Verifications under the
Servicemembers Civil Relief Act (SCRA)
50 U.S.C. App 501 et seq.
The Servicemembers Civil Relief Act (50 U.S.C. Appx. 501 et seq., herein "SCRA"1) is the successor to the Soldiers' and Sailors' Relief Act. It offers protections for persons in active military service. The protections may include 6% interest on some loans (notwithstanding the terms of the original loan), and halting court judgments, evictions and foreclosures. "Military Service" covers seven agencies (Army, Navy, Coast Guard, Marines, Air Force, as well as certain employees of the National Health Service and the National Atmospheric and Oceanic Administration. (See SCRA § 511(2)).
It is important to note that the SCRA provides protection not only to persons on active military service but may also apply after termination of active military status. Foreclosures, for example, are invalid if conducted during or within 1 year2 after a servicemember's period of military service. The court could review the promissory notes that gave rise to the foreclosure and could change the mortgage payment and maturity date. Similarly, the 6% interest rate cap extends one year after termination of a servicemember's period of military service. §527(a).
There are dangers in proceeding against someone without verifying if the person is in active military service. A person who knowingly causes a foreclosure or seizure or attempts to do so in contravention of the SCRA is subject to imprisonment. (see §533 (d))
Until now, searches under the SCRA only provided confirmation of whether a person was or was not in active military status. This resulted in a severe vulnerability: there was no ability to verify if a servicemember was within his/her period of post-service protection. Effective May 22, 2012, the military active duty verifications provided by the Servicemembers Civil Relief Act Centralized Verification Service (www.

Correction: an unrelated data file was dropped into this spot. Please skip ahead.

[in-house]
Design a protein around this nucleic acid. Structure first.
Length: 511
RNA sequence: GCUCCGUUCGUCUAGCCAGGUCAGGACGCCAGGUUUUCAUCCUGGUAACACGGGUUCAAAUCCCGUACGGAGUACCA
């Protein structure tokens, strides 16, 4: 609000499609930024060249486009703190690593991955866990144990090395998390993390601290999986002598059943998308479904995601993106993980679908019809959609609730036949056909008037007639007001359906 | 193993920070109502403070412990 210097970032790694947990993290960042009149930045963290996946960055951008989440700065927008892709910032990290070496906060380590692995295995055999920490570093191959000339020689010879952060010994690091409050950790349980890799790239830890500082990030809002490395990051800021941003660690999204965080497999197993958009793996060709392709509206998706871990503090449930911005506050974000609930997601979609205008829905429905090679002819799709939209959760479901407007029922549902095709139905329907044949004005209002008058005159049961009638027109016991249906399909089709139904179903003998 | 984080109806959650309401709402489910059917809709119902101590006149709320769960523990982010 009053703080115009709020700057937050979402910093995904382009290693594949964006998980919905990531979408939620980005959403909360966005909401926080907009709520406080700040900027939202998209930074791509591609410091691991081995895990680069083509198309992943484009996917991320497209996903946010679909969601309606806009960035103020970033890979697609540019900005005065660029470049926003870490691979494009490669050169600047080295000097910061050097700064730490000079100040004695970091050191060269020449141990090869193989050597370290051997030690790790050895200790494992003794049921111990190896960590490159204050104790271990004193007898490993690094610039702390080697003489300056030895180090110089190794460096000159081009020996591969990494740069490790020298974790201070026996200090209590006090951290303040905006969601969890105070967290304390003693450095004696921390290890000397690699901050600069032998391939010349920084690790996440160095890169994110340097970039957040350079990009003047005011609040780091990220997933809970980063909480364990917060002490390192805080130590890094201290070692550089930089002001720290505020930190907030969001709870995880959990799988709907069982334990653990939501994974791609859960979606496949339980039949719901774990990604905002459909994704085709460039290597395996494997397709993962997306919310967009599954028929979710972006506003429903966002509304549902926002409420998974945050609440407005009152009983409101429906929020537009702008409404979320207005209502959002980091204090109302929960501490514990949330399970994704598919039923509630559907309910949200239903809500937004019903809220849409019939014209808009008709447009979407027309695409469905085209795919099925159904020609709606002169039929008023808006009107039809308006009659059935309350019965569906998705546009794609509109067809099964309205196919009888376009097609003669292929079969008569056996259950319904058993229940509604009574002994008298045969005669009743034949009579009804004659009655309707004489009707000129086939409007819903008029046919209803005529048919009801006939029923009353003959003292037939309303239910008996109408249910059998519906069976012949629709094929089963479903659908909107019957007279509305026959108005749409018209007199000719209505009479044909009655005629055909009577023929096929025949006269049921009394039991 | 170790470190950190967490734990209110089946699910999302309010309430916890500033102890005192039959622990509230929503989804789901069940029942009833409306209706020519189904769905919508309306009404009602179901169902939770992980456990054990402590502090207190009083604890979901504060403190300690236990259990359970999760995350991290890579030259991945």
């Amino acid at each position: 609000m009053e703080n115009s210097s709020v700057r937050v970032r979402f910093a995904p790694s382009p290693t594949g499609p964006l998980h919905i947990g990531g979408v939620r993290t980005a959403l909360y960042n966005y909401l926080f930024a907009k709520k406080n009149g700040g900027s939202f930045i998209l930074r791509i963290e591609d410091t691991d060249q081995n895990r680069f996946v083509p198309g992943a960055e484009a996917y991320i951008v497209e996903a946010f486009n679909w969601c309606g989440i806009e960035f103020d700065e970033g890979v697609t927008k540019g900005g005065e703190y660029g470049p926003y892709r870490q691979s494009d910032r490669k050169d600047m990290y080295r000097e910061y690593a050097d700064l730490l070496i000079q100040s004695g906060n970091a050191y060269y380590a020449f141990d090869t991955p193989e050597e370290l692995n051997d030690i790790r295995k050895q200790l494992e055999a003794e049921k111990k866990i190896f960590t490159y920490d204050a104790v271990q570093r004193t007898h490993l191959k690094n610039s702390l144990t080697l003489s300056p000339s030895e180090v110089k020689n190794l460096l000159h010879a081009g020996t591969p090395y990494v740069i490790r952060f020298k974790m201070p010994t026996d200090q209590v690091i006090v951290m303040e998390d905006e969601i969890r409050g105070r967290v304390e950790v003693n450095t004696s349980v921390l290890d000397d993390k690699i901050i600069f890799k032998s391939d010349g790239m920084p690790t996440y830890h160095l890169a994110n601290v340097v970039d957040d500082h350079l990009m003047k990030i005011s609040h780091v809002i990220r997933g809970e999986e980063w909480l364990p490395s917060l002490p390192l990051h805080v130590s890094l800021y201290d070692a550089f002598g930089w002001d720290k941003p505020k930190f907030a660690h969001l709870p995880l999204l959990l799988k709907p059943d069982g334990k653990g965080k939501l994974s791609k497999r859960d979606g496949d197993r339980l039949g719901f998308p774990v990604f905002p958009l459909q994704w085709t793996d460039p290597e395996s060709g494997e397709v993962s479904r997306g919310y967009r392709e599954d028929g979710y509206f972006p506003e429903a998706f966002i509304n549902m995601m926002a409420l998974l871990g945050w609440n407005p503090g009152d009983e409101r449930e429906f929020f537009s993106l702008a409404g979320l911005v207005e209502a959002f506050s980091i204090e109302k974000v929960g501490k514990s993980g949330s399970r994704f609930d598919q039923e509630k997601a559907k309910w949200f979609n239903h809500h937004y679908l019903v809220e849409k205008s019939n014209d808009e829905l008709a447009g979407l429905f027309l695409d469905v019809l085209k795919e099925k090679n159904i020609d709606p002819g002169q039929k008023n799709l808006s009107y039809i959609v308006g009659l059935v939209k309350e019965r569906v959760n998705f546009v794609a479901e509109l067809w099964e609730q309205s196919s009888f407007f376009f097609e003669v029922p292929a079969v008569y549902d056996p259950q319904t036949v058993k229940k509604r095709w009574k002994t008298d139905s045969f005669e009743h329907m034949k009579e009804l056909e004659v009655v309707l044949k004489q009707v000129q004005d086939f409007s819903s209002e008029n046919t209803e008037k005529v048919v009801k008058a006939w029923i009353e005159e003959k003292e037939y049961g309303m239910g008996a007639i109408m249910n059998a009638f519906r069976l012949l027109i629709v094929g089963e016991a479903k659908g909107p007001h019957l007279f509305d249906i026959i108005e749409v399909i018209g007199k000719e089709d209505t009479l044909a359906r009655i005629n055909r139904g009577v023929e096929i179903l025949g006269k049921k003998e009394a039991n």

At the SCRACVS site, active duty vertification/miliary affidavit verifications may be conducted without a social security number or date of birth, provided that other identifying information (such as addresses) is provided. The DMDC site, on the other hand, will not permit a dispositive search without the SSN. The SCRACVS has other data available to it to conduct the dispositive searches often required by courts.
Courts universally require an affidavit before a plaintiff may receive a judgment against an individual and may require subsequent verifications before certain enforcement of judgments is sought. Those affidavits should now indicate the active duty termination date, if applicable because some protections survive the termination date. The affidavits are sometimes referred to as "military affidavits", "non-military affidavits", "affidavits in compliance with the Servicemembers Civil Relief Act", "SCRA Affidavits", "active duty affidavit", "military verification affidavit", and "50 U.S.C. App. 533 Affidavit".
1 The Act is the successor to the Soldiers' and Sailors' Civil Relief Act of 1940. The SCRA is sometimes and erroneously referred to as the Servicemembers' Civil Relief Act, Servicemember's Civil Relief Act, Service Member Civil Relief Act, Service Member's Civil Relief Act, Servicemembers Civil Release Act, and similar.
2 Section 533. Public Law 112-154 passed on August 6, 2012 extended the period to one year, and expires on 12/31/2013, at which time, it would appear that the period would revert to 90 days. On the other hand, §522, which applies to other proceedings, remains at 90 days.